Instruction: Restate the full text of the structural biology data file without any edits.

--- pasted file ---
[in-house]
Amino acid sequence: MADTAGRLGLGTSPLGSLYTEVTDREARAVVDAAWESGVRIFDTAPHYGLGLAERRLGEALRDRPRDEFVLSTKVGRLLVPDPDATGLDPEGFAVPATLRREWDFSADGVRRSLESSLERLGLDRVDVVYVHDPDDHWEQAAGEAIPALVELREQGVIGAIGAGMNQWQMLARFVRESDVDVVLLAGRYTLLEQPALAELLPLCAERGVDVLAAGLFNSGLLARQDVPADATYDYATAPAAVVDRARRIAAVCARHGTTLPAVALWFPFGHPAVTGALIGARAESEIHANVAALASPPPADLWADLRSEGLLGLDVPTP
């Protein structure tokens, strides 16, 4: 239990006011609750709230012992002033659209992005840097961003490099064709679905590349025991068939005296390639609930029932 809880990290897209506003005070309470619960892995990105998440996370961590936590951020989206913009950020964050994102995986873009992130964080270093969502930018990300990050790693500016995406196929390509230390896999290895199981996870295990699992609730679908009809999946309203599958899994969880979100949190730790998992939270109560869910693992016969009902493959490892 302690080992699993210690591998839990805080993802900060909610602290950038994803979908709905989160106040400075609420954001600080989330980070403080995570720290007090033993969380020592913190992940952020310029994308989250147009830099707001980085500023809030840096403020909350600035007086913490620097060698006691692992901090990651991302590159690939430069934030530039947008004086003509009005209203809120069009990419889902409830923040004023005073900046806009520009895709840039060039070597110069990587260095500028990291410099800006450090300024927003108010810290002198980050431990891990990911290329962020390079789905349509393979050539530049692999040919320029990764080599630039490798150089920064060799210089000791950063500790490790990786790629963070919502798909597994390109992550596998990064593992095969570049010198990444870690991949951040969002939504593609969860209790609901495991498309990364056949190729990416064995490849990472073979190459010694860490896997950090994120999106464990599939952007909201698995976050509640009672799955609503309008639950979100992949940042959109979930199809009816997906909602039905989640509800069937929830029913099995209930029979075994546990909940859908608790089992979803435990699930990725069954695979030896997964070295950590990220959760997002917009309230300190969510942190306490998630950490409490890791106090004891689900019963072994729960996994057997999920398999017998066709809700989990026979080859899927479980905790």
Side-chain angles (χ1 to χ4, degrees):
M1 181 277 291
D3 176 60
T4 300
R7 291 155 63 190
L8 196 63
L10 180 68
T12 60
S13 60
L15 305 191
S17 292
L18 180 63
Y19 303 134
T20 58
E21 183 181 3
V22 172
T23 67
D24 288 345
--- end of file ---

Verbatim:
[in-house]
Amino acid sequence: MADTAGRLGLGTSPLGSLYTEVTDREARAVVDAAWESGVRIFDTAPHYGLGLAERRLGEALRDRPRDEFVLSTKVGRLLVPDPDATGLDPEGFAVPATLRREWDFSADGVRRSLESSLERLGLDRVDVVYVHDPDDHWEQAAGEAIPALVELREQGVIGAIGAGMNQWQMLARFVRESDVDVVLLAGRYTLLEQPALAELLPLCAERGVDVLAAGLFNSGLLARQDVPADATYDYATAPAAVVDRARRIAAVCARHGTTLPAVALWFPFGHPAVTGALIGARAESEIHANVAALASPPPADLWADLRSEGLLGLDVPTP
């Protein structure tokens, strides 16, 4: 239990006011609750709230012992002033659209992005840097961003490099064709679905590349025991068939005296390639609930029932 809880990290897209506003005070309470619960892995990105998440996370961590936590951020989206913009950020964050994102995986873009992130964080270093969502930018990300990050790693500016995406196929390509230390896999290895199981996870295990699992609730679908009809999946309203599958899994969880979100949190730790998992939270109560869910693992016969009902493959490892 302690080992699993210690591998839990805080993802900060909610602290950038994803979908709905989160106040400075609420954001600080989330980070403080995570720290007090033993969380020592913190992940952020310029994308989250147009830099707001980085500023809030840096403020909350600035007086913490620097060698006691692992901090990651991302590159690939430069934030530039947008004086003509009005209203809120069009990419889902409830923040004023005073900046806009520009895709840039060039070597110069990587260095500028990291410099800006450090300024927003108010810290002198980050431990891990990911290329962020390079789905349509393979050539530049692999040919320029990764080599630039490798150089920064060799210089000791950063500790490790990786790629963070919502798909597994390109992550596998990064593992095969570049010198990444870690991949951040969002939504593609969860209790609901495991498309990364056949190729990416064995490849990472073979190459010694860490896997950090994120999106464990599939952007909201698995976050509640009672799955609503309008639950979100992949940042959109979930199809009816997906909602039905989640509800069937929830029913099995209930029979075994546990909940859908608790089992979803435990699930990725069954695979030896997964070295950590990220959760997002917009309230300190969510942190306490998630950490409490890791106090004891689900019963072994729960996994057997999920398999017998066709809700989990026979080859899927479980905790």
Side-chain angles (χ1 to χ4, degrees):
M1 181 277 291
D3 176 60
T4 300
R7 291 155 63 190
L8 196 63
L10 180 68
T12 60
S13 60
L15 305 191
S17 292
L18 180 63
Y19 303 134
T20 58
E21 183 181 3
V22 172
T23 67
D24 288 345